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Barnes and Noble faces backlash over photo showing alleged treatment of the chain's excess books: '[They do it] twice a week'

"This is actually the least full I've ever seen it."

Barnes & Noble faces backlash over photo

Photo Credit: iStock

One frustrated Redditor just revealed what happens to the books and magazines Barnes and Noble can't sell: They wind up in the trash.

The r/Anticonsumption subreddit where the post appeared is based on the principle of reducing waste. Too much of what people buy simply ends up clogging landfills or polluting the environment, and this community wants to change that while saving money by avoiding unnecessary purchases.

Barnes & Noble
Photo Credit: u/chasmaniandevil / Reddit

Unfortunately, businesses often waste more than any individual household ever could. This Redditor shared a photo of the incredible waste they said happens "twice a week in the back of Barnes and Noble."

The photo showed a dumpster crammed with reading material — mostly magazines, but books were mixed in, too.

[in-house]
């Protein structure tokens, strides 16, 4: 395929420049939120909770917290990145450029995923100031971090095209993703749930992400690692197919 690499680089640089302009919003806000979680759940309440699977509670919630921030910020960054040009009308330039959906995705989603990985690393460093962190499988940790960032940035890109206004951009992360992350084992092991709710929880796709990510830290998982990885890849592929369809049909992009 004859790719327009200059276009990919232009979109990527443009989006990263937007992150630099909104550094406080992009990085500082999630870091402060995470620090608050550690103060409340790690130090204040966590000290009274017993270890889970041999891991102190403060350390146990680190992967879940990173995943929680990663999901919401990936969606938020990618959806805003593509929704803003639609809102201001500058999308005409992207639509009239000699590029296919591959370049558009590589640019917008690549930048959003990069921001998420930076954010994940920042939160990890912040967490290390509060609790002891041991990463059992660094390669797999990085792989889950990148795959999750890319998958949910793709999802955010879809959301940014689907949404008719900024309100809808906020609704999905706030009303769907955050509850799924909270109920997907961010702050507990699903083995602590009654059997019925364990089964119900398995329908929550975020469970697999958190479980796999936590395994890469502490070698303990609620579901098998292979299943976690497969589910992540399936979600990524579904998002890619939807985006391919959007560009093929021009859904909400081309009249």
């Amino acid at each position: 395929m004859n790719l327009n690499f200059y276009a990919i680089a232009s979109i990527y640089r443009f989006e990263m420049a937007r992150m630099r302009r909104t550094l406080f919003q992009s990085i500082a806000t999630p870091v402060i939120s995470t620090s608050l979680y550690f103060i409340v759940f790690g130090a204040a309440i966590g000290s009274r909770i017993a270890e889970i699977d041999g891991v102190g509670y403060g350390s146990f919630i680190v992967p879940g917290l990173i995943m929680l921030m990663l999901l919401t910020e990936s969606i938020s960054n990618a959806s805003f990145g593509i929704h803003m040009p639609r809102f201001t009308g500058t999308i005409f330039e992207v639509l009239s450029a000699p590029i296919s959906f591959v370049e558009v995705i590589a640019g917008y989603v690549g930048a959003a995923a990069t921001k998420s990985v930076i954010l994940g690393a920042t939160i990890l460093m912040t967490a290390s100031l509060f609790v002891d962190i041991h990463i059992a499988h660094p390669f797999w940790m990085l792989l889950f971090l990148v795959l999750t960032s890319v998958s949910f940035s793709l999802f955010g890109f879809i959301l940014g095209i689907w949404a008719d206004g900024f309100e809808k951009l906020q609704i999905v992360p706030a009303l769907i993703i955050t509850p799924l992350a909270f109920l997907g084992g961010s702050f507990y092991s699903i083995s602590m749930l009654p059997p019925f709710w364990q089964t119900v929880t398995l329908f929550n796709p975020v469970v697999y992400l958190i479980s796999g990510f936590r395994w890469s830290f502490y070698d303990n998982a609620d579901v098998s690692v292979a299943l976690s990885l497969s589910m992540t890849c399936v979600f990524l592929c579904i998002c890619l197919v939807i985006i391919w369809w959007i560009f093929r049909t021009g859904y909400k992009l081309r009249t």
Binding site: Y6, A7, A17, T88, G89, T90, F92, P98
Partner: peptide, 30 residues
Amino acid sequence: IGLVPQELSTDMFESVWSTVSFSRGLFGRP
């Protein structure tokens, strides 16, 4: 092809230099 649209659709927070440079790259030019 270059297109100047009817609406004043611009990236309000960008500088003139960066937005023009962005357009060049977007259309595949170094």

"This is actually the least full I've ever seen it," said the Redditor. "Usually it's spilling over the top. And for some reason, if it's a paperback book, they rip the cover off!"

Unfortunately, this is a common business strategy for many companies. When they have more products than they can sell, they throw out the extra — often damaging the items first so that no one can salvage them. Companies worry that allowing people to get products for free will bring down their sales, so they destroy them, even though it's hard on the environment and it denies people in need the chance to get the items.

The Environmental Protection Agency reports that the U.S. creates 292.4 million tons of waste a year. Once in the landfill, it breaks down, sending toxic heat-trapping gases into the environment. 

In the case of books, Barnes and Noble has extra incentive to destroy unsold copies. 

"They rip off the covers to send back to the publisher for a credit," explained one Reddit commenter.

However, there are many alternatives to just trashing the extra inventory. For example, stores could do what the Pizzaplex pizzeria in Detroit does and track inventory carefully so they only order exactly as much as they can sell. Or, they could sell the extra at a reduced price, as many businesses do using the Too Good To Go app.

Paper products like magazines just might be the easiest product of all to dispose of in an eco-friendly way. As one commenter pointed out, "I hope it's all going to be recycled…?"

Another user replied, "All of the magazines at the one I worked for were recycled by a third party company, mostly so that employees wouldn't take them and resell them."

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